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School nurses warned to expect ‘tsunami’ of mental health issues as new term looms

Nurses’ leader offers advice on what to expect from the new school year – and urges staff not to forget self-care
Return to school during the pandemic

Nurses leader offers advice on what to expect from the new school year and urges staff not to forget self-care

A school nurses leader warned of a tsunami of safeguarding and mental health issues for children as the new term approaches.

And School and Public Health Nurses Association (SAPHNA) chief executive Sharon White said when schools in England and Wales return in September, it is important staff keep an eye on themselves and their colleagues in light of the COVID-19 pandemic.

Weve all taken a personal and professional blow. There needs to be much more emphasis on self-care, she said.

Sharon White: There needs to

Nurses’ leader offers advice on what to expect from the new school year – and urges staff not to forget self-care


Picture: iStock

A school nurses leader warned of a ‘tsunami’ of safeguarding and mental health issues for children as the new term approaches.

And School and Public Health Nurses Association (SAPHNA) chief executive Sharon White said when schools in England and Wales return in September, it is important staff ‘keep an eye on themselves and their colleagues’ in light of the COVID-19 pandemic.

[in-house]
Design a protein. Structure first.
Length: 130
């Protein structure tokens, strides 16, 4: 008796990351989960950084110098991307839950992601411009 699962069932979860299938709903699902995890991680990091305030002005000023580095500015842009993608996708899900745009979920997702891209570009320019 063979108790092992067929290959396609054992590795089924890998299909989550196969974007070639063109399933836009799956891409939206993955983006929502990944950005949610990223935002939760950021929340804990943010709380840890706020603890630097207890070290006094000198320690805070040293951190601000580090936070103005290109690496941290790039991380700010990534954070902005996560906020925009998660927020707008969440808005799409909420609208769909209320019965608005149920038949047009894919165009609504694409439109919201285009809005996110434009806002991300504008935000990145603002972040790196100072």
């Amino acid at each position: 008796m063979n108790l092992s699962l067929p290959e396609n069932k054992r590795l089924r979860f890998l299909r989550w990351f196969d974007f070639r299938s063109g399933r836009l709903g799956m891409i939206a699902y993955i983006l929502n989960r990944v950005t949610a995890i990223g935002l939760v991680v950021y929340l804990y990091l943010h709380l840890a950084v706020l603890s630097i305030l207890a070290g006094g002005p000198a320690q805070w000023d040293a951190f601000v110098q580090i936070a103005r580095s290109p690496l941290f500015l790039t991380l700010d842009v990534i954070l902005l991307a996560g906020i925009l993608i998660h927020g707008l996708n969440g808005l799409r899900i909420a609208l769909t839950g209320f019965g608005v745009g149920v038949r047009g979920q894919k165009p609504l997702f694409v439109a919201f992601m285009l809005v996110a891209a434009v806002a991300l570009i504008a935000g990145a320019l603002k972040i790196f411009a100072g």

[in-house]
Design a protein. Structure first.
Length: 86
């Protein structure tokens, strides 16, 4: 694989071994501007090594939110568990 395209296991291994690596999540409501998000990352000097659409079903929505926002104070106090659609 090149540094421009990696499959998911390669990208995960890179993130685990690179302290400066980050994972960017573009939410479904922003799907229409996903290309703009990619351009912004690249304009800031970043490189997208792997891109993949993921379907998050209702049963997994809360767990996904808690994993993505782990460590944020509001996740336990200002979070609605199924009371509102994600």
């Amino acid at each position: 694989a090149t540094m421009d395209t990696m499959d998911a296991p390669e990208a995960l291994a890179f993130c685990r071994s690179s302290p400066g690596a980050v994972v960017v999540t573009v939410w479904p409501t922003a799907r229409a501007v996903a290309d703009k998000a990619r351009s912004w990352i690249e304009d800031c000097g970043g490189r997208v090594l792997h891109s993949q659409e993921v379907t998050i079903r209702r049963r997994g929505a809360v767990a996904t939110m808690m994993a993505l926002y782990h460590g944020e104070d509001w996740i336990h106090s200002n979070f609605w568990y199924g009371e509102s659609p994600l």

‘We’ve all taken a personal and professional blow. There needs to be much more emphasis on self-care,’ she said.


Sharon White: ‘There needs to be an
emphasis on self-care’

Increase in calls to child helplines during lockdown

In addition, there has been a widely reported surge in calls to child helplines.

The National Society for the Prevention of Cruelty to Children revealed that from 6 January to 22 March it received 140 calls a week. This increased to about 185 a week during lockdown. 

Ms White said ‘we are anticipating a tsunami of safeguarding and mental health issues’ when schools reopen.

Tips on how to prepare for autumn term 2020

To prepare, she advises school nurses to:

  • Take SAPHNA’s free training on trauma in children and young people. 
  • Look through records of vulnerable children known to the school. 
  • Continue to use digital services such as text messaging for children and young people who do not feel comfortable talking face to face.
  • Be alert to a possible increase in anxiety levels among children, young people, and families from black, Asian and minority ethnic (BAME) groups as a result of the disproportionate number of COVID-19 deaths in the UK's BAME communities.

Nurses will need to lead on infection prevention in schools

‘School nurses have done some great work during the pandemic to give information to parents and children,’ said Ms White.

She said school nurses' work will be key to infection prevention.

‘Until we get a vaccine for COVID-19, we are in charge of how prevention in schools is run,’ she said.


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